The cost of living crisis has seen the average adult’s debt in the UK rise from by £8,687 in the last year up from £25,879 to £34,566 and this doesn’t include mortgage debt. While four in five adults will start the new year in debt, there are some simple steps people can take if they are looking to make savings and chip away at their debt in 2023.
New research shows that over two thirds of UK adults (68 percent) have felt stressed due to the cost-of-living’s impact on their finances this year, with almost half (46 percent) in debt as a result of the crisis.
Credit card debt is most common among UK adults, with a third (32 percent) carrying some into the new year.
Personal loans and overdrafts follow, with 16 percent of adults taking out these, according to the money.co.uk debt index.
One in five (19 percent) of adults’ debts are from the last one to six months, and another one in five (19 percent) are from one to two years ago, suggesting an influx of debt caused by the cost of living crisis and the Coronavirus pandemic.
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People are more likely to be in debt depending on where they live in the UK, more people are in debt in the East Midlands, with 17 percent of residents reporting outstanding debts between £10,000 – £50,000, compared to just three percent in Scotland.
Londoners are the most likely to have the largest debts, with nine percent of the capital’s population owing upwards of £50,000.
Meanwhile, the average UK credit card holder will go into 2023 with £2,647 of credit card debt, compared to Belfast residents who are averaging £3,910, the most of any UK capital.
This is 271 percent more than Edinburgh (£1,052), 228 percent more than Cardiff (£1,193), and 73 percent more than London (£2,260).
James Andrews, personal finance expert at money.co.uk, has shared his tips on how to save money.
He said: “With debts consistently rising each year, saving where you can is even more important, but difficult than ever.
“The first thing you need to do when looking to boost your savings is to take stock of your current position. We’ve got a full guide to writing a budget here if you need a little help.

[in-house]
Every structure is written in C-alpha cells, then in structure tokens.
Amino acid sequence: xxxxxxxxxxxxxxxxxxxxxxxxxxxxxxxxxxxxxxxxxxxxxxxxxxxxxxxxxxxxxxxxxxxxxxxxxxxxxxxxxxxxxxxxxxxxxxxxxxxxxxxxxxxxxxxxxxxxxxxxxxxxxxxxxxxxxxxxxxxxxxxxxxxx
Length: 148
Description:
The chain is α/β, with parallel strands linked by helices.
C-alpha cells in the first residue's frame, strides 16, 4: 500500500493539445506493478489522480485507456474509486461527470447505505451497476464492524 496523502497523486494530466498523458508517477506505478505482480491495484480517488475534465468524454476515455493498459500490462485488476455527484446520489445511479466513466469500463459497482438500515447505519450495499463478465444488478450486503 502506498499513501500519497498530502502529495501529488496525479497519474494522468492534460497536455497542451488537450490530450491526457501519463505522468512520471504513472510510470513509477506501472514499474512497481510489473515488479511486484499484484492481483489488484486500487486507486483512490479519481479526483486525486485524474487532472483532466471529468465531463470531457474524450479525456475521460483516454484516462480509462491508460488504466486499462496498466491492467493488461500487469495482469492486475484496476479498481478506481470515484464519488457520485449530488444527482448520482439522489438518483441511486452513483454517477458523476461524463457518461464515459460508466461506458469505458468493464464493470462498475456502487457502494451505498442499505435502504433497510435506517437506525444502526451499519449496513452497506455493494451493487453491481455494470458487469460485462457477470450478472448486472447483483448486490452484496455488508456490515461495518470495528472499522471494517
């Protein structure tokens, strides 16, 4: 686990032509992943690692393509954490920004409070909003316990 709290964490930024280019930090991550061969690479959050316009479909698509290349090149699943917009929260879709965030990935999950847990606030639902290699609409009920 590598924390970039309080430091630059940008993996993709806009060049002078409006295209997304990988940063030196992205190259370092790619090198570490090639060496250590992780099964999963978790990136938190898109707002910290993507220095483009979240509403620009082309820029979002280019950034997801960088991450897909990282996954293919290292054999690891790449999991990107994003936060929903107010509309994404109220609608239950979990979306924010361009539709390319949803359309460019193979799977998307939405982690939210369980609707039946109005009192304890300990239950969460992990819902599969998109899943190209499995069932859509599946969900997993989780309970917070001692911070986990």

“Once you’ve done that, it’s time to assess where your money’s going. If things are tight, or even if they’re not, it makes sense to reduce your costs. If you can pay less interest on your debts – by moving to a cheaper loan or even a zero percent credit card – you should. After all, it makes no sense to pay banks more than you need to.
“There are a string of other bills you can cut without having to change your lifestyle too – from broadband to mobile phones to insurance. If you’ve got a monthly surplus at the end of this process, diverting some of that to a savings account you can draw on in times of need makes sense.”
He continued: “Setting up a direct debit to move cash straight into your savings account each month helps automate the process, letting your savings build up without you thinking about it.
“However, it makes no sense at all to go overdrawn as a result of this – so you might prefer to make the payments yourself.
“If you’re doing that, the day before payday is a great time to move money – as you can see exactly how much you have left over to move. Setting a reminder in your calendar to check this will help you remember to act.
“You should also look to make the most interest you can on the money you’re putting away. The top-paying instant access accounts are currently offering more than two percent interest, so any money you have that’s earning less than that should be moved.”
USwitch recommends 10 steps people can follow to help pay off debt:
- Write down all your debts and how much they are costing you
- Prioritise the most expensive or important debts and pay them back first
- Establish a spending plan
- Seek help if you can no longer cope with debts
- Consolidate and transfer debts
- Reduce the number of credit cards you hold
- Use money apps
- Build up an emergency fund
- Generate some extra income
- Sell unwanted possessions.